Nurses strike

  1. What do you think of nurses unions turning down a 20% pay raise?

    Just bugs the heck out of me. I am not sure what these nurses are trying to prove, but in today's economy turning down a 20% pay raise is a slap in the face to most Americans. Especially with unemployment rates at such a high rate.
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  2. 9 Comments

  3. by   askater
    Maybe they want better working conditions. I don't know the story...but that's a big factor in disatisfaction with jobs.
  4. by   RNPD
    What union? Where? Hospital. LTC, what? Is the facility in financial trouble or posting huge profits? How long since they had a raise? How does the present salary, as well as the proposed salary, compare with the standard in the area? Over how many years will the 20% raise be spread out? Are they asking for more money than 20% and no other issues, or did they turn down the 20% proposal because other demands weren't met (such as better staffing, mandatory OT, etc)?

    Answer those questions so i can give an educated opinion.
  5. by   fergus51
    Go RNPD! Took the words wirght out of my mouth
  6. by   Jenny P
    Here in the Twin Cities last summer we received an average 20% pay raise (from 19% to 21%, depending on where each hospitals' salaries were at the time) over 3 years and we were asking for 30%. BUT also tied into that contract were such things as pensions, a cap on health insurance costs, seniority bonuses, and a couple of other things I can't remember right now. Each hospital was offering slightly different contracts, and that is why only 2 of the possible 9 hospitals went on strike. The hospital association here had decided to cap us all out at the same salary so we wouldn't be jumping from 1 to the other for salary increases-- as if salary is the only thing we look at!
    There were a lot of nurses who wanted the 30% increase, but there were too many other things at risk in the same contract to push for it exclusively. Doing that would probably have caused us to lose ground again in pensions and health care areas.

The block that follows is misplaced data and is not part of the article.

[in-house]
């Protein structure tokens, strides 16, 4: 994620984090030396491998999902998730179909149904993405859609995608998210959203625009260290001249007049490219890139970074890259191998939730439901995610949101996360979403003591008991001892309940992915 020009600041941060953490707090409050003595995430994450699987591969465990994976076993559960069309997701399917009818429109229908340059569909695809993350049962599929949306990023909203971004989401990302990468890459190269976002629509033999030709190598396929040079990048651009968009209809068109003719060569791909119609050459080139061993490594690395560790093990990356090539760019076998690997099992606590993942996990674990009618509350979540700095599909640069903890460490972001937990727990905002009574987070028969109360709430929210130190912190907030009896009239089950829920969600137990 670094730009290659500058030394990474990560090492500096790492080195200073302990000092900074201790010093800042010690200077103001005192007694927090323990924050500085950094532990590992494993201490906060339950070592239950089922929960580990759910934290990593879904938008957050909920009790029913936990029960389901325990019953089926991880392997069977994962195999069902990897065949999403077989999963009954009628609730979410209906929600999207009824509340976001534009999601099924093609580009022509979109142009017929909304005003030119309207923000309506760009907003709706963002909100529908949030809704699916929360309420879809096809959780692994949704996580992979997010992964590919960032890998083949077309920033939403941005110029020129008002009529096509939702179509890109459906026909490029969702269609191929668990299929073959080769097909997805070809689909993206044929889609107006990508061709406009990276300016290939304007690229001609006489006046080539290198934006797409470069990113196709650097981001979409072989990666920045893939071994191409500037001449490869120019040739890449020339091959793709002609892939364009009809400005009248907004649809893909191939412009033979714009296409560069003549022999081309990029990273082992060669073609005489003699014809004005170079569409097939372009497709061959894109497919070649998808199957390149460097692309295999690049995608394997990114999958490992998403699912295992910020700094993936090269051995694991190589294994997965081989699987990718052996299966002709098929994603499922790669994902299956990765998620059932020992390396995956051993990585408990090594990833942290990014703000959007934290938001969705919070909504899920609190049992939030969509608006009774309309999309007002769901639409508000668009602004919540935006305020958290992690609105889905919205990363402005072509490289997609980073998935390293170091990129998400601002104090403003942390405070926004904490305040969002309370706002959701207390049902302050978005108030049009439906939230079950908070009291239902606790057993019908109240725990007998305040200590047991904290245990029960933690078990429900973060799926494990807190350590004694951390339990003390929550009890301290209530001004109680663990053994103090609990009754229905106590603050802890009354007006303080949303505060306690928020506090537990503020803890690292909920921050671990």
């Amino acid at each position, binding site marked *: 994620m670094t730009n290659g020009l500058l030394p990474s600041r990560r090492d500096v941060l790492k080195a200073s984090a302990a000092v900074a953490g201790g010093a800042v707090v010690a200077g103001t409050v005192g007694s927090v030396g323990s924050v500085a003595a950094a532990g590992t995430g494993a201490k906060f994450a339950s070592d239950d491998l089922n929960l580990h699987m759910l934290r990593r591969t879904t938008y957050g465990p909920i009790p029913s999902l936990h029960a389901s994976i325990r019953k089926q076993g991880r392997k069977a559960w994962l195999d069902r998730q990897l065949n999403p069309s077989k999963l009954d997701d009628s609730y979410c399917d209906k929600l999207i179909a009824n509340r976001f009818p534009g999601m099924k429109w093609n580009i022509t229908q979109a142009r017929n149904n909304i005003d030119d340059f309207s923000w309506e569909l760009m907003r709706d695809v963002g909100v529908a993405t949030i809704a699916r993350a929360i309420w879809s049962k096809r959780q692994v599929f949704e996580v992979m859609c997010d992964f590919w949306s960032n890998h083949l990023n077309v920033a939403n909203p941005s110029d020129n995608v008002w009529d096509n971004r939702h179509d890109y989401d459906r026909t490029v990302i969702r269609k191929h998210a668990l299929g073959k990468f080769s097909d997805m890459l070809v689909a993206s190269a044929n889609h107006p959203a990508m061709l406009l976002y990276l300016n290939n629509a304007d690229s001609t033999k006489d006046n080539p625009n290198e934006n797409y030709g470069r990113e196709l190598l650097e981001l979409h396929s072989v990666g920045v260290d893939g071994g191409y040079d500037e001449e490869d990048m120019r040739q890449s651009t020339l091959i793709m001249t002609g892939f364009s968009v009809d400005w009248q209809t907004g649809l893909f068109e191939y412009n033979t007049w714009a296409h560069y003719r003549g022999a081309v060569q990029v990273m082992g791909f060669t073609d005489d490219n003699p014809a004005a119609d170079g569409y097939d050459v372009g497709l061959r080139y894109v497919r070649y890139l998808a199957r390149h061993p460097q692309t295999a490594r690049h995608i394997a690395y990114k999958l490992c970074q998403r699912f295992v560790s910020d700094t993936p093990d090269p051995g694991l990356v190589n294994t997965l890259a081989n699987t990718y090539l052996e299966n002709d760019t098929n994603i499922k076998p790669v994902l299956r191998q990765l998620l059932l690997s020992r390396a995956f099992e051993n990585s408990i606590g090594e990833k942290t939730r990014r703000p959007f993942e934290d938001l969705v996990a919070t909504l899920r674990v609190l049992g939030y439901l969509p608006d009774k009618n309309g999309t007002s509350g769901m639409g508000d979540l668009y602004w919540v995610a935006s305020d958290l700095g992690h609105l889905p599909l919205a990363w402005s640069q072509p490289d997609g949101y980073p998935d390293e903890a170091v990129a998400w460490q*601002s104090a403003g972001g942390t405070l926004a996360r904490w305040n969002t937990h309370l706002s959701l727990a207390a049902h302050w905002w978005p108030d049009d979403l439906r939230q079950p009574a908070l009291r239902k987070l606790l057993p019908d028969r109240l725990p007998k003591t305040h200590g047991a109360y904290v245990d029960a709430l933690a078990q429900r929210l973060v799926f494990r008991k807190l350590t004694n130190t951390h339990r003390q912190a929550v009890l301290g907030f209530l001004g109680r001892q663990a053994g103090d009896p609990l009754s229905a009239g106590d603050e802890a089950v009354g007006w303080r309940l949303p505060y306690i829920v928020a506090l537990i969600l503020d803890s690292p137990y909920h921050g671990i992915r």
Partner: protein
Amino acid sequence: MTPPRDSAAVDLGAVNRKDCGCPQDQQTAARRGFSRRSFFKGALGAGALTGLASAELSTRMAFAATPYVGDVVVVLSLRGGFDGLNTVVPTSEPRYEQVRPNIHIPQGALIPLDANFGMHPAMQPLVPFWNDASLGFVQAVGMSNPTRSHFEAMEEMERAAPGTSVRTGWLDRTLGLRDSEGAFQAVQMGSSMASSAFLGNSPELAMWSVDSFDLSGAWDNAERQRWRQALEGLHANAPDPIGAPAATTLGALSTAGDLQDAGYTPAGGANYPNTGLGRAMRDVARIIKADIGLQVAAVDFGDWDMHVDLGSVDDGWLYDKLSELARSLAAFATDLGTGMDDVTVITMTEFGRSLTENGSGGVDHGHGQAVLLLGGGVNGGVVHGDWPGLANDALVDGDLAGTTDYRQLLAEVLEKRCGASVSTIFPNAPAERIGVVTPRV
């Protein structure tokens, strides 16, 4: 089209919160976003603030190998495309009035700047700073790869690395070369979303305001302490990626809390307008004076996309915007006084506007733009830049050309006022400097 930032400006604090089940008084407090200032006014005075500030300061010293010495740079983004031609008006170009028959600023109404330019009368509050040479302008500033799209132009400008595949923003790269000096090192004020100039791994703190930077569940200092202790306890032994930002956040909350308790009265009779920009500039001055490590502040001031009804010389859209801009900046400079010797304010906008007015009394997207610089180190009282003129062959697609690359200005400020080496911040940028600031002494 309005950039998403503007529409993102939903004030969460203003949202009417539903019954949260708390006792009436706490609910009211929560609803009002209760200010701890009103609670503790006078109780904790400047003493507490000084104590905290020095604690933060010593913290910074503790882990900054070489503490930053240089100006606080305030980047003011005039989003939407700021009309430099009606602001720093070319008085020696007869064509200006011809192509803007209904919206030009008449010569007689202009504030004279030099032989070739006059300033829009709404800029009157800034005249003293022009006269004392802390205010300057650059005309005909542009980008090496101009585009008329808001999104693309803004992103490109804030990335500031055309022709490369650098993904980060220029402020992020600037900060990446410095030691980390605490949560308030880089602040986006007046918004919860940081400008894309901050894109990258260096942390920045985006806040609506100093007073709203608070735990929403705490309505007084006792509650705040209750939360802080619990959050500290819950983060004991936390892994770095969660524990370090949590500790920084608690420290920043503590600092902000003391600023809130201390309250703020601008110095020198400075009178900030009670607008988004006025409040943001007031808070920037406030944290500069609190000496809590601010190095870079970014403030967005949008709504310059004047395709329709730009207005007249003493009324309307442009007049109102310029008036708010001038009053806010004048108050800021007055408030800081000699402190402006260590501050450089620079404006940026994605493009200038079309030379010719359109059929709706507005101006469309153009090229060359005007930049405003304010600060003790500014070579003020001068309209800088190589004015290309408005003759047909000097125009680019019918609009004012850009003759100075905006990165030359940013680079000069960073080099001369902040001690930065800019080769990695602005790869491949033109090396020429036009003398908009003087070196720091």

7. by   P_RN
    Would this be the Oregon Nurses Association?

    http://www.fairpay4nurses.org/

    I've seen this discussion in other sites from other nurses. It's not a flat 20%. It's prorated/stepwise whatever. It's also bennies, degrees, management etc. Might want to read up.

    http://news.statesmanjournal.com/article.cfm?i=35590

    Nurses say OHSU's latest offer is nothing new

    The key change would prevent a holiday strike like the one under way now.

    The Associated Press
    January 6

    PORTLAND-Striking nurses at Oregon Health & Science University rejected an extended contract offer with expanded benefits late Friday after a mediation failed to end the 20-day walkout.

    Nurses said the 39-month contract offer of a 20 percent pay increase-6 percent in each of the first three years, 2 percent in the final three months-was unacceptable.

    Under the offer, nurses' contracts would expire Dec. 31, 2004, meaning they could not launch a strike during the holidays, as they have this year.

    "They didn't change their offer at all, except to lengthen the term of the contract," said Kathleen Sheridan, a negotiator for the Oregon Nurses Association, which represents 1,500 OHSU nurses. "They're trying to push the contract ahead so the nurses will be striking at other times-not Christmas."

    The hospital has had difficulty filling spots left by the 1,300 registered nurses on strike. Last week, the hospital's inpatient caseload fell to 57 percent of capacity compared with 61 percent at the same time last year.

    The patient load had dropped to a low of 47 percent on Christmas.

    The nurses have offered to decrease their wage proposal by 1 percent over two years of the contract. They also reduced their request for additional employer contributions to their health care.

    Still, nurses are demanding a nearly 19 percent wage increase over two years and improved health insurance options. OHSU has said it will not offer more than a 14 percent wage increase.

    OHSU's latest offer also included a $30-per-month increase in insurance for full-time nurses.

    "This is nothing," Sheridan said later Friday after a 12-hour mediation session, the third that has been held with the two sides. "They didn't come anywhere near what the nurses were asking for."

    The hospital also offered to cover nurses' insurance during the strike if ONA negotiators agreed to remain neutral on the offer if it were taken up for a vote. The representatives declined.

    OHSU Nursing Director Bonnie Driggers said the hospital would not bend on its decision to remove nurses' ability to strike during the holidays.

    "We believe that it's unfair to our patients and their families to have the additional burden over the holidays of a work stoppage," Driggers said. "We believe this is a good offer."

    No future mediation sessions were scheduled.
    Last edit by P_RN on Jan 7, '02
  8. by   -jt
    <What do you think of nurses unions turning down a 20% pay raise? >


    I'd think the rest of the contract which contained this offer was not acceptable to them and they had to turn it down or live with unacceptable conditions - the results of which were more important than money.